I'm Down, I'm DOWN, I'M DOWN!

Our day started off with much anticipation. The previous week my buddy Jeff procured himself a “new to him” Suzuki V Strom 650. I think the adventure riding bug has been nagging at him and he has decided to give it a go! Plus, he says "He doesn't want to go faster, just be able to get further in a day." I started laughing the first time he told me that, it's kind of the same thing!

Jeff and his new Suzuki V Strom 650

Jeff and his new Suzuki V Strom 650

Jeff and I worked together to build a route and I wanted to work in some sites that Stretch has taken me by in the past. In other words, I wanted Jeff’s first adventure ride to be epic. Here’s the route we had planned.

You may recall a story I posted up called Too Cold To Slay The Dragon. Well, the guy I was going to join on that ride is named Andrew and we have been trying to work another ride out ever since that one fell through. This ride is the first one that was going to work so Andrew was joining Jeff and I for a good days ride. It was good we were sticking to decent gravel roads and pavement because Andrew was on his SV650. When we got to the gas station we all just got to know one another and we installed a SENA headset in Andrew’s helmet so he could join in on the conversation with Jeff and I.

Shortly after we left the gas station we were getting into our first twisty roads. It was a nice warm up. We couldn't ride it too hard because the roads are kind of beat up from the winter and there were bicyclists everywhere! As we made it out of the crowd of bicycles we got our first gravel road. Reasonover Road is a great road to get used to gravel. The road is in nice condition and offers a very scenic ride through a typical Appalachian mountain environment.

Kawasaki KLR650 out on an adventure!

Kawasaki KLR650 out on an adventure!

At the end of Reasonover Road we are back on pavement. We took a very common route for us going up 276 to East Fork Road. We often use East Fork Road to cut back over to Hwy 178 and keep heading North. During the winter East Fork Road was used as a detour because of a big washout on Hwy 178. This little road was not meant to handle that kind of traffic so the pavement has become a bit rutted and deformed. I think this was messing with Andrew a little bit. I was in the lead, Andrew in the middle, and Jeff bringing up the rear. We came around a fairly tight decreasing radius turn and for some reason Andrew got freaked out and panic braked. Jeff was a bit too close and when Jeff dodged Andrew it put him in a dire situation. Jeff managed to scrub off some speed before he crossed the outside lane and went into the grass. Over the headset we heard “I'm Down, I'm DOWN, I'M DOWN!” My heart sank! This is a terrible feeling to know your friend has just wrecked and you don't know what has happened yet. We quickly turned around and went to help him.

As soon as we got to Jeff we saw he was pinned under his bike. Andrew and I lifted his bike off of him and helped Jeff to his feet. Jeff said his right ankle was hurting pretty bad. We got the bikes parked on the side of the road and when we knew Jeff was Ok we started assessing the situation. Jeff kept it on two wheels in the dirt for about a bike length, then you could see his tire tracks separating in the dirt. There was a bit of a pause in the dirt and then a large divot where the bike went down and started sliding. His crash guards performed perfectly. Not even a scratch! His Givi side bag did get a busted latch, but the bag was in good shape. His HJC modular helmet and his Olympia jacket and pants were muddy, but completely intact. ATGATT saved his bacon too!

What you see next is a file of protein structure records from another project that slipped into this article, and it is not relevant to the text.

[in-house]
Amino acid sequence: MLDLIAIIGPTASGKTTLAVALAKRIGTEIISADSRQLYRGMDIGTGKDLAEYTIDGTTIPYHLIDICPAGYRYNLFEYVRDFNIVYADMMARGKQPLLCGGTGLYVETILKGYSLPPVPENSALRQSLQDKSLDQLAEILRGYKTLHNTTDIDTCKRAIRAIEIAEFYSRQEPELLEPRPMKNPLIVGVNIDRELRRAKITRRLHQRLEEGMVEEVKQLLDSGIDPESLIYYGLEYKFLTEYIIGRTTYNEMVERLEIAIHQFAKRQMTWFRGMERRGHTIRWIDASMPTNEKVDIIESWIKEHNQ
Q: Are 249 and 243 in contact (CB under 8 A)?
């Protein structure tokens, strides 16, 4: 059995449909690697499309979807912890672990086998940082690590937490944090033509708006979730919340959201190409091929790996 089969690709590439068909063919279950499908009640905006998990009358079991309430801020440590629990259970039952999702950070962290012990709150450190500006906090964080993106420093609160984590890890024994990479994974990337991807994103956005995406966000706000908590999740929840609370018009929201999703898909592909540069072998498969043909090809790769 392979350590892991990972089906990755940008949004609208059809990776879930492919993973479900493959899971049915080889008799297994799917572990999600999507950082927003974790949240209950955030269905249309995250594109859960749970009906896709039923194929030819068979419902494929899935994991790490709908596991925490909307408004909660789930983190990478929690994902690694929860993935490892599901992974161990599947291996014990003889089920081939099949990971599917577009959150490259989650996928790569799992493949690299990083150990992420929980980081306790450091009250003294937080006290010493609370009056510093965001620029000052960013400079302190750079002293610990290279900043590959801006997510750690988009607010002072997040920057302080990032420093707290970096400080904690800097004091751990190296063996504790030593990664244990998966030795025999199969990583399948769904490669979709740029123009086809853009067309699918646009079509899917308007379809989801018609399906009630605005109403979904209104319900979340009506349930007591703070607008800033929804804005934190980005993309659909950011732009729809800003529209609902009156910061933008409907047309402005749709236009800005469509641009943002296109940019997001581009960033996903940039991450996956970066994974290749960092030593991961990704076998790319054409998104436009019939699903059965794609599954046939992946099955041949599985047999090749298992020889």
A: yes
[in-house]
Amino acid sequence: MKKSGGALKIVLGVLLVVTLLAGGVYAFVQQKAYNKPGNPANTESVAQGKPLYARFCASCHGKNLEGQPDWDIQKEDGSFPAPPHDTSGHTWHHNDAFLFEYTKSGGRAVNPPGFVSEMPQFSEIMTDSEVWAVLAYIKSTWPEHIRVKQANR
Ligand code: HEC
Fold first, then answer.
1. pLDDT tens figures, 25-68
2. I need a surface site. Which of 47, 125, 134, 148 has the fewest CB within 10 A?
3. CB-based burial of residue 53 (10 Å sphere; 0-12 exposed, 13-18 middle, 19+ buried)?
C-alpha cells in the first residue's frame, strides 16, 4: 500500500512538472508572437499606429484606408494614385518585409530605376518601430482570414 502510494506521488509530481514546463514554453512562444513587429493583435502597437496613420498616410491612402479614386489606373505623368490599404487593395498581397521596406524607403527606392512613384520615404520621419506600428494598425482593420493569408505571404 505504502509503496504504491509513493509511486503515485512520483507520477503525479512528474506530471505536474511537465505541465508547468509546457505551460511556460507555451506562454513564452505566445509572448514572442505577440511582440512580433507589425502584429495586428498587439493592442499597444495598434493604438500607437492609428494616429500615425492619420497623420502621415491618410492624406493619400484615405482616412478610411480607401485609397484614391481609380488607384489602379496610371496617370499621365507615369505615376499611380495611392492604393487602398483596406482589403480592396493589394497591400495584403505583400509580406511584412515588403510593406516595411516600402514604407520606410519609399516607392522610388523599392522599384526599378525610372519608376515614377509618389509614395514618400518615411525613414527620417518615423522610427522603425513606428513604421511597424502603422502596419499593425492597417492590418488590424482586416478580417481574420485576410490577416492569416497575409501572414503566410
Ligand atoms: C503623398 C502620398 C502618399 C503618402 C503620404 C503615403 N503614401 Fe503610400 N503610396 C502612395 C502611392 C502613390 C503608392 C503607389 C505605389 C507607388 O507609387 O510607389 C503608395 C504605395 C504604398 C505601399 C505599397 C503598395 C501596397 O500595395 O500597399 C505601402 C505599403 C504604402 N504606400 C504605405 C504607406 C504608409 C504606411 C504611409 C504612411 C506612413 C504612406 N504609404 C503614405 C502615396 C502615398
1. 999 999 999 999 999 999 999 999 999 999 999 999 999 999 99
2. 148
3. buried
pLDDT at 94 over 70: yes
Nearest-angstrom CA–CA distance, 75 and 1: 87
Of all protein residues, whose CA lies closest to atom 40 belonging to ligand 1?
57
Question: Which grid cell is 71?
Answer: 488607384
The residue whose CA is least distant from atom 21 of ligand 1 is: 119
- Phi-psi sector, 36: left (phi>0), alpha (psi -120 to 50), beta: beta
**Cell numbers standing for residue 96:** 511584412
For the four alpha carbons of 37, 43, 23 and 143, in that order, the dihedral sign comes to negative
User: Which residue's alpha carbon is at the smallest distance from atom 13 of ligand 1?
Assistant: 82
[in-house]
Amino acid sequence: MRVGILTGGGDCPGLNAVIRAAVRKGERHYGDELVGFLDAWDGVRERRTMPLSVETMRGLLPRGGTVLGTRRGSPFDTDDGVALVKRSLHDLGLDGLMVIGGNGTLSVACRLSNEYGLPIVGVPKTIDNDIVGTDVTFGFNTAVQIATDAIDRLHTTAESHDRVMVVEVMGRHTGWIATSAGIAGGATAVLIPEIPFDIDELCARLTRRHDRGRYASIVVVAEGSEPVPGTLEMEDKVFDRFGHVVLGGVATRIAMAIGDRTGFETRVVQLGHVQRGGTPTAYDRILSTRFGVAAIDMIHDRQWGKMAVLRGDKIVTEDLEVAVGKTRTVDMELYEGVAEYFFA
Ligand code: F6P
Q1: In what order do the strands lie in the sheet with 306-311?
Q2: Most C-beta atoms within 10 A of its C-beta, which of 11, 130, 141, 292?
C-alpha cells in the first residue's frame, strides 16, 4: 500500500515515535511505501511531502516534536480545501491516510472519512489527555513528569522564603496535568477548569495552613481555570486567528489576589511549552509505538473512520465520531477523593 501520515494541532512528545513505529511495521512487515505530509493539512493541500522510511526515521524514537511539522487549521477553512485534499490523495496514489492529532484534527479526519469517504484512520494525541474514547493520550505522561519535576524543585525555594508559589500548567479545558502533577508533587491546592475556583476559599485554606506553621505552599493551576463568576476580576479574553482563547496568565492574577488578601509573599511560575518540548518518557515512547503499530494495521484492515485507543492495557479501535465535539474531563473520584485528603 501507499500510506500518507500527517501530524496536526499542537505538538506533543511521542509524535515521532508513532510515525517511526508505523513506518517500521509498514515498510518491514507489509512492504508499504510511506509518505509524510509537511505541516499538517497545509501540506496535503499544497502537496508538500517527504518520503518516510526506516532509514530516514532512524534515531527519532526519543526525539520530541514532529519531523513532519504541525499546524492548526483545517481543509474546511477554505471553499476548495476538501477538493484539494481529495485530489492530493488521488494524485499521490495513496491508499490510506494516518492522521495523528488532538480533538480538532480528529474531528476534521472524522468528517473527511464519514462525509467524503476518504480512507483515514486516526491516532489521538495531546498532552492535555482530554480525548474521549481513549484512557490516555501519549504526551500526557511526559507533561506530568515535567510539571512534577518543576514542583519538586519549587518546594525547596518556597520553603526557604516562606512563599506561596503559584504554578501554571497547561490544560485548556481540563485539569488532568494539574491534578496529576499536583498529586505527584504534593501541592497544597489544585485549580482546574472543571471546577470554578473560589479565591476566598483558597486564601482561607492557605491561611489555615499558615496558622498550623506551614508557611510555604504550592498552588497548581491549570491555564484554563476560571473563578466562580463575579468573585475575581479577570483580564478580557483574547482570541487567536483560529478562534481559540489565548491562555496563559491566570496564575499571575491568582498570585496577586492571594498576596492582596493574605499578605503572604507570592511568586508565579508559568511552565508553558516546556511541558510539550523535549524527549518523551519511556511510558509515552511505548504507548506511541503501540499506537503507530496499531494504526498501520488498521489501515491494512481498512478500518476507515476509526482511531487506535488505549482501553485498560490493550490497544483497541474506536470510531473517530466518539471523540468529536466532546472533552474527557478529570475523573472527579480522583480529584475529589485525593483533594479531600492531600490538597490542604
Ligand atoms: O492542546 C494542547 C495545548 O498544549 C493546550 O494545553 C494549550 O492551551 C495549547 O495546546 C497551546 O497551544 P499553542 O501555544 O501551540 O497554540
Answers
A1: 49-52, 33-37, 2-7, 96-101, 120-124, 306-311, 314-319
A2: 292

In an effort to calm down and give his ankle a few minutes to settle Jeff lit up a cigar and we took a break. When he was done Jeff decided he would try and ride his bike to the end of East Fork Road and then decide if he was going home or not. When we got there, he was sure that he was going home. We offered to follow him, but he insisted that he was Ok and me and Andrew should finish the ride. With Jeff’s insistence we took a right and Jeff took a left.

The rest of the ride was pretty awesome! We had some more gravel and more twisty roads. I wanted to show them the waterfall you can park your bike in from Leaf Peeping Adventure Style , but when we got to the forest road it was closed until March.

I hate these forest road gates. They are the symbol of disappointment.

I hate these forest road gates. They are the symbol of disappointment.

We took a break and headed back towards home. We had some very scenic gravel roads back to 215 and Andrew got to do his first water crossing on his SV650! I even managed to find the creepy bus again and get some more pics. That thing will make you do a double take when you are riding down the road.

Our next stop was Hawg Wild BBQ in Brevard, NC for a late lunch and then we headed back over Caesar’s Head on the way home.

Later that day I found out that Jeff broke his fibula in the crash. I asked him if it was a fracture. Remember, he was walking on it and he rode his bike home. Jeff informed me that it was a pretty clean break. I couldn't believe it. That’s hardcore right there. Then on Monday Jeff told me that he is going to need surgery and have a plate installed. I would like to ask you guys to send prayers and positive thoughts his way. Hopefully, he will heal quickly and completely.

What I Learned:

  • I don't ride off road alone, but having a buddy with you is a good idea even on the street.
  • Jeff is calm in an emergency and apparently has a high tolerance for pain.

Spirit Strike:

Phillipians 2:4 ESV “Let each of you look not only to his own interests, but also to the interests of others.”